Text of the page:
Whether one is operating an aircraft with a turbine or reciprocating engine, excessive heat can prove very detrimental to the overall health and functionality of internal combustion engines. With consistent ignition of fuel and air mixtures and large amounts of extremely hot exhaust gases being forced through systems, cooling is crucial to avoid damaging parts or a complete engine failure. Through the use of air cooling, liquid cooling, heat exchangers, and other methods, aircraft engines can be protected and maintained over numerous flight operations.
With all internal combustion engines, chemical energy from fuel can be transformed into mechanical energy that allows for propulsion generation and flight. With the combustion of fuel and air mixtures, resulting exhaust gases need to be removed as quickly as possible due to their effect on combustion, engine part service lives, and lubrication. For example, overheating can lead to the preheating of fuel and air mixtures, causing early combustion which may result in detonation, knocking, and other damages. As such, having an efficient engine cooling system for an aircraft is crucial for its safety.
Regarding reciprocating engines, both air and liquid cooling may be used, though air cooling serves as the most common method for a majority of models. During standard engine operations, about half of the resulting heat is expelled from the system as exhaust. The other half, on the other hand, is absorbed by surrounding engine components, and lubricating oil is used to soak up heat and remove it by transferring it to the airstream. While air cooling will typically consist of removing heat from the cylinders into the air, cylinders can be large components that cannot be fully placed in the airstream. Instead, the engine cooling system takes advantage of cooling fins and related components to increase radiation heat transfer and avoid hotspots.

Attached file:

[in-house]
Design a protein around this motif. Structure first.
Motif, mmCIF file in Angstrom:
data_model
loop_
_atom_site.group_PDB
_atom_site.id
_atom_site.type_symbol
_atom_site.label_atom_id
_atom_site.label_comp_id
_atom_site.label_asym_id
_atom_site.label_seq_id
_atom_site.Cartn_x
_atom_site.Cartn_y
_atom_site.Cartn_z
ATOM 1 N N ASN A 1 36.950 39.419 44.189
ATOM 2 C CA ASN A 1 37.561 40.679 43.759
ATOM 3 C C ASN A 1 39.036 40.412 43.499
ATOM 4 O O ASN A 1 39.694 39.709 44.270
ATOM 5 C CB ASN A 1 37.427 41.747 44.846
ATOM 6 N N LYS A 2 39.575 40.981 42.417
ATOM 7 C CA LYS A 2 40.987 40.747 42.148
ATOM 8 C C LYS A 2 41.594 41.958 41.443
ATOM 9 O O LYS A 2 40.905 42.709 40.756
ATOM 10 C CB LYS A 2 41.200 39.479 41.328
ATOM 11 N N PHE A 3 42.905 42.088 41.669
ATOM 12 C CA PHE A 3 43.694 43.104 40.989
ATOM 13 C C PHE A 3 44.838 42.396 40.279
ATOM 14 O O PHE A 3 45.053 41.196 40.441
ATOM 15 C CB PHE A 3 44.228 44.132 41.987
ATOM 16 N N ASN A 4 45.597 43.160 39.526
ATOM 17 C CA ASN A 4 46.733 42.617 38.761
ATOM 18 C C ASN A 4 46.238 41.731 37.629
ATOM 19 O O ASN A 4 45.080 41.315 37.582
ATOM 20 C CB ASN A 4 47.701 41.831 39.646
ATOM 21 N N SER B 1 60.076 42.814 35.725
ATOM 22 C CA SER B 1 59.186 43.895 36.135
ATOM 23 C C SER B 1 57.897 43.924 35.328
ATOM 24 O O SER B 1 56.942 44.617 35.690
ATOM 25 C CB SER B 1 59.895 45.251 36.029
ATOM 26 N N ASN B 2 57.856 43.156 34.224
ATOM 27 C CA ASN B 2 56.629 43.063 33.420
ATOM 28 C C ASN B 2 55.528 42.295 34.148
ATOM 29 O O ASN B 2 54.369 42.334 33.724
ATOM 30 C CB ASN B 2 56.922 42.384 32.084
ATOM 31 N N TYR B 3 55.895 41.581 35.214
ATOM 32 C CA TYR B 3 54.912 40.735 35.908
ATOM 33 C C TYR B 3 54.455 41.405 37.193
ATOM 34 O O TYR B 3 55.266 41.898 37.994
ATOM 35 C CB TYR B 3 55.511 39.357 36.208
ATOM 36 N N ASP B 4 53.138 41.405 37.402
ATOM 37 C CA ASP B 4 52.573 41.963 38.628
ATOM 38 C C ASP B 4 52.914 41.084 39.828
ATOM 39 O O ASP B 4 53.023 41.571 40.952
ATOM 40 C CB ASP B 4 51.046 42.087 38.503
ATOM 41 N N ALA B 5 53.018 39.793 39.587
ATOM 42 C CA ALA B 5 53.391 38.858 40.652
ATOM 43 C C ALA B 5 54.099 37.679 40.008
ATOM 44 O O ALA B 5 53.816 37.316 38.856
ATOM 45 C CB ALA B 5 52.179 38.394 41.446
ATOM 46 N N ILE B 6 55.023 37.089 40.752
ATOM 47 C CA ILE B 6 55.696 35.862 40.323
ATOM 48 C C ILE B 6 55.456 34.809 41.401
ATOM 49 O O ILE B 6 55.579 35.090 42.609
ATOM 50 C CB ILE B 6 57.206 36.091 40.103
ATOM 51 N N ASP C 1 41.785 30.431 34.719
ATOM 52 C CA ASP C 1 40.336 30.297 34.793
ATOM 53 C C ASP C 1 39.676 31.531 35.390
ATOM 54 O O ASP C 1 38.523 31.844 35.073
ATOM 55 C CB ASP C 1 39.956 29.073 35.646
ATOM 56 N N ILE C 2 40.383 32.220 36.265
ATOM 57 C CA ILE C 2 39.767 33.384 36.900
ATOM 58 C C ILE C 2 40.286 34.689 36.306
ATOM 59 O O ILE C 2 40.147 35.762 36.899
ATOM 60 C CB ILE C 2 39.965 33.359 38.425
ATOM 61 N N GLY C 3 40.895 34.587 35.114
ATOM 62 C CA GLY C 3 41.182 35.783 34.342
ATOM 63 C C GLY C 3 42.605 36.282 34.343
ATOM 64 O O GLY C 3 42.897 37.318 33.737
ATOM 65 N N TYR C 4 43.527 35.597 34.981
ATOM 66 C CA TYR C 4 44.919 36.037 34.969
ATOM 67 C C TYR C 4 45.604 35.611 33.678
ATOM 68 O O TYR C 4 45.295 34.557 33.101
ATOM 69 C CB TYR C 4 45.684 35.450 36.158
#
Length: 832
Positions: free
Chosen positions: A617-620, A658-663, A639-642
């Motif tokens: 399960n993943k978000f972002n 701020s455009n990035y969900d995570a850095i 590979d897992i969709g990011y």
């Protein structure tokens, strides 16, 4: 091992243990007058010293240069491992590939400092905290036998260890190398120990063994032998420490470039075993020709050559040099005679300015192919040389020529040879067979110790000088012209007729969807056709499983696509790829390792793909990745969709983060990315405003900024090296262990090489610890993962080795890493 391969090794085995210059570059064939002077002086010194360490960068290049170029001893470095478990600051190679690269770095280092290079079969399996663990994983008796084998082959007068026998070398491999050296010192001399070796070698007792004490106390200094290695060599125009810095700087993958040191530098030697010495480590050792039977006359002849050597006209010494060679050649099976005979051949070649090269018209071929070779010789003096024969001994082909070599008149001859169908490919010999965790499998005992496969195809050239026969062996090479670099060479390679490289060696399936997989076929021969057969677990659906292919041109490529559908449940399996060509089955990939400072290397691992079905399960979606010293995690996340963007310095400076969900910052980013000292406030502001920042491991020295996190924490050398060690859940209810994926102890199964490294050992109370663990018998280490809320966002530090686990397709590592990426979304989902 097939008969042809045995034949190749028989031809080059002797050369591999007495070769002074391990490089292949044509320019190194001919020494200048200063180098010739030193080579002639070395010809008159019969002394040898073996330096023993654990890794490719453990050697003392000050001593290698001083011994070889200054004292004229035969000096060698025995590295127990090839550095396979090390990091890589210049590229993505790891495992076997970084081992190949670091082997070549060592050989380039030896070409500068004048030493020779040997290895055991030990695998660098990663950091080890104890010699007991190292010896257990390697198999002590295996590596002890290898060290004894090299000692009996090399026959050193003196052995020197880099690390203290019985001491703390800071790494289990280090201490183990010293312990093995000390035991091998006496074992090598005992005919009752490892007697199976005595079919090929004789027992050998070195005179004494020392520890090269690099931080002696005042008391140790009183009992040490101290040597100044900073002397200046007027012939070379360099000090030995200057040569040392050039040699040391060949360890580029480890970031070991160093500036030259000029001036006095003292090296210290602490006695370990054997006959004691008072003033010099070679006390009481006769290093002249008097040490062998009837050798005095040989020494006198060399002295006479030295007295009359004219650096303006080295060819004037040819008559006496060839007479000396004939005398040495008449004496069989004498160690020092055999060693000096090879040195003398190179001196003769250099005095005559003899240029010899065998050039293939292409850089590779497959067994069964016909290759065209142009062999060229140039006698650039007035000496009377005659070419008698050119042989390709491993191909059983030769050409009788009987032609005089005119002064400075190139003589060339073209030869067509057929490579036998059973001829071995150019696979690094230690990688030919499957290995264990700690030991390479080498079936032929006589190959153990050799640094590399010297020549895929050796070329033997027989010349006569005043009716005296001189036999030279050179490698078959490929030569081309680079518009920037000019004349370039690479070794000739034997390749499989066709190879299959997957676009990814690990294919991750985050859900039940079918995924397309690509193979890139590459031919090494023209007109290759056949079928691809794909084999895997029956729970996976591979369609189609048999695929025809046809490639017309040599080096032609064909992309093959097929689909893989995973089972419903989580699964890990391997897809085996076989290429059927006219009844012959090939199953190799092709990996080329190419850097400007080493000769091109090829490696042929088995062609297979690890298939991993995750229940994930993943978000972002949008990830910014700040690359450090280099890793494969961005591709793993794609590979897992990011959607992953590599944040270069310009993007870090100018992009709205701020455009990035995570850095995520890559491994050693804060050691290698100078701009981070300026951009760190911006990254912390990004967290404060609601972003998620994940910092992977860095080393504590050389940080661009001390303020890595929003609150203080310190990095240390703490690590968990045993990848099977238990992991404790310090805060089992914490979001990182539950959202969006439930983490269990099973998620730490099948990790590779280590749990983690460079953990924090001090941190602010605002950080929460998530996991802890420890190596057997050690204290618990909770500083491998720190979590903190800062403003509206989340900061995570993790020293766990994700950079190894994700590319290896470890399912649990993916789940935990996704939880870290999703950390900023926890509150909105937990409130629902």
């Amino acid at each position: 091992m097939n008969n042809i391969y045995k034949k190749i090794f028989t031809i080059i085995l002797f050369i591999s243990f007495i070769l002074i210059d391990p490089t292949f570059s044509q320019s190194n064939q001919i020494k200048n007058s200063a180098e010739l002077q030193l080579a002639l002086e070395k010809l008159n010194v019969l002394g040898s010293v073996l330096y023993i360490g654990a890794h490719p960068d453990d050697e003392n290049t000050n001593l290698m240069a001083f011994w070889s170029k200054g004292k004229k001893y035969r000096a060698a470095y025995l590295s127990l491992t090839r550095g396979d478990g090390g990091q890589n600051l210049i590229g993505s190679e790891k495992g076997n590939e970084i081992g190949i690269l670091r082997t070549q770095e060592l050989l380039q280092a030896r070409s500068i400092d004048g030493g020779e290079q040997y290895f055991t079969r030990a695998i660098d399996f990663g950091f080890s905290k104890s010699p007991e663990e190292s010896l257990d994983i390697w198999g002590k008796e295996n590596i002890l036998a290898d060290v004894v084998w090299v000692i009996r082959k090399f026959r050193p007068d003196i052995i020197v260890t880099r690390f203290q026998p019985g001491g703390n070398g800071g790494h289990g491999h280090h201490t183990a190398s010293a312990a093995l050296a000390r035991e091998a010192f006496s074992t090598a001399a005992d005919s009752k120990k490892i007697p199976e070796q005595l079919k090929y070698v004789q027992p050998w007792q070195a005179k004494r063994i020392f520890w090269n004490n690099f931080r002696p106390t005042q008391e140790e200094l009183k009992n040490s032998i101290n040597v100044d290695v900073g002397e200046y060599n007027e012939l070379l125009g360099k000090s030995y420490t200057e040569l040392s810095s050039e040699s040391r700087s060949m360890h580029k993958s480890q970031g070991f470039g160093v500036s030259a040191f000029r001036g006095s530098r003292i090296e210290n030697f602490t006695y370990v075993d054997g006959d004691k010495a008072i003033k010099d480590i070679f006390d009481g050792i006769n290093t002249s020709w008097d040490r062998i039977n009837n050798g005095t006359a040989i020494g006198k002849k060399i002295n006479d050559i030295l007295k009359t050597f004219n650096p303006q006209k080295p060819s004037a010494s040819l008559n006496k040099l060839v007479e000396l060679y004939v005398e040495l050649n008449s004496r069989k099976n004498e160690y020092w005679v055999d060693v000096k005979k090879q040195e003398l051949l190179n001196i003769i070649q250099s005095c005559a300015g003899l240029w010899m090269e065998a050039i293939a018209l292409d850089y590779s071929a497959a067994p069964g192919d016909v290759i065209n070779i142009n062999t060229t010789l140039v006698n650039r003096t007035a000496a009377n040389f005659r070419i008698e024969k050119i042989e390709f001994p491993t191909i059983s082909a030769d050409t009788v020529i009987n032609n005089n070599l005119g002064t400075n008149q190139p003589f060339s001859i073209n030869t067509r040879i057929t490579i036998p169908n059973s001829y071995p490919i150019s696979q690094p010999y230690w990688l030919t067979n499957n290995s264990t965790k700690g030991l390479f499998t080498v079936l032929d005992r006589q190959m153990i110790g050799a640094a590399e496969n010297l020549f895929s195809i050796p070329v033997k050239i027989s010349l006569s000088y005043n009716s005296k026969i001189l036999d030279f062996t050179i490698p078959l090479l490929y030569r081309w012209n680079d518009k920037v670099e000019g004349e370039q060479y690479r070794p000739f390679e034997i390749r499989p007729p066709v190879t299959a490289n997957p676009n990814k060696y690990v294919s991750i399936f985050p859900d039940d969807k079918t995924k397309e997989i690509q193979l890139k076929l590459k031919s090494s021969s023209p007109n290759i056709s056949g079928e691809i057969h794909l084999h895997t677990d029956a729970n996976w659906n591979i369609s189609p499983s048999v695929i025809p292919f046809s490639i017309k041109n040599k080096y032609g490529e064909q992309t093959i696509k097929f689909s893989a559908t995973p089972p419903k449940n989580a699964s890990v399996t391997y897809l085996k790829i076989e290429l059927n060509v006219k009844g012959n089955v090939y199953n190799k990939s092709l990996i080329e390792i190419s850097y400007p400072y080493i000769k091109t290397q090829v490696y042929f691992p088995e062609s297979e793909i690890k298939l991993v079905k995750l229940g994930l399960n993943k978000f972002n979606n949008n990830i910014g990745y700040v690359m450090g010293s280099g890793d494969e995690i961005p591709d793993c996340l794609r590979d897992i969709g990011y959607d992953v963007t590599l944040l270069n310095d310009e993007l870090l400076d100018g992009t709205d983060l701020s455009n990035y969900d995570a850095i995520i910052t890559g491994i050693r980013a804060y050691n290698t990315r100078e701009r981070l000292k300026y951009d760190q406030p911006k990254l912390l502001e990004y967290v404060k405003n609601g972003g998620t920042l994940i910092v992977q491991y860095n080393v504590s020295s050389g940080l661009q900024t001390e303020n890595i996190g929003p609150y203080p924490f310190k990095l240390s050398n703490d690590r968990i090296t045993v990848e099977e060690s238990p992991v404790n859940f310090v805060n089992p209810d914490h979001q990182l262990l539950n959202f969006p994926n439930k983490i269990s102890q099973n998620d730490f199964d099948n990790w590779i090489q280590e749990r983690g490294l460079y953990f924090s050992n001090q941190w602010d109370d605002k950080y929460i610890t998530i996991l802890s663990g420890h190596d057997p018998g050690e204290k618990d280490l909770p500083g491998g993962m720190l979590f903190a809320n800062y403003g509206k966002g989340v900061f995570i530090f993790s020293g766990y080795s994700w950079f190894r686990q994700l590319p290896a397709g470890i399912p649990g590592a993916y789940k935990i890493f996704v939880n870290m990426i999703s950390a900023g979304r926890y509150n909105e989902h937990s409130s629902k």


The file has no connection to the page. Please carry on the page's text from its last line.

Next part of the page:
With components known as cowling and baffles, more air can be forced over the cooling fins. Through baffles, air is specifically pushed around cylinders to prevent any areas from having stagnant air which can lead to increased heating. With the addition of blast tubes, cooling air can be launched into rear spark plug elbows for reducing temperatures, thus improving ignition lead operations. Lastly, augmentors are useful for cooling a number of systems, and such assemblies feature tubes to collect exhaust heat for defrosting, anti-icing systems, and for heating the cabin. While cooling is very important to any combustion engine, one should always ensure that the engine is not over-cooled as performance can suffer as well. With cowl flaps, cooling can be controlled through jackscrews, hydraulic actuators, or by manual means.
For turbine engines, the construction of the apparatus requires cool air to enter the system internally. With large amounts of airflow, hot sections of the engine can have their heat cut down to a range of 1,500 to 2,100 degrees Fahrenheit. As exhaust gases push their way towards the turbine, some heat may already be dissipated, and a large amount of remaining heat is conducted to the outside skin of the aircraft due to its metal casings. Through secondary air passages and cooling-air inlets, combustion chamber liners, bearings, the turbine case, and the turbine nozzle can all be significantly cooled. With the addition of exhaust expulsion, insulation blankets, and other such cooling methods, the rest of the engine’s excessive heat can be removed or dissipated.
For combustion engines that utilize liquid cooling, such engine cooling systems will often rely on water jackets. With water jackets encapsulating cylinders, liquid coolant circulates around the engine components and absorbs heat. Through the use of a heat exchanger or a radiator, the heat from the liquid can then be removed and dissipated. While liquid cooling is used less often for lighter engines due to the weight they add to the aircraft, many larger internal combustion engines rely on liquid cooling for their heat dissipation.
With robust and reliable engine cooling system parts, maintaining the integrity and functionality of internal combustion engines is made easier. At Complete Sourcing Solutions, we are your one-stop-shop for top quality aircraft parts and components that come from leading global manufacturers that we trust. When you are ready to take the first step of the procurement process, submit an Instant RFQ form through our website and a dedicated account manager will reach out to you in 15 minutes or less to provide a personalized quote based on your unique requirements.
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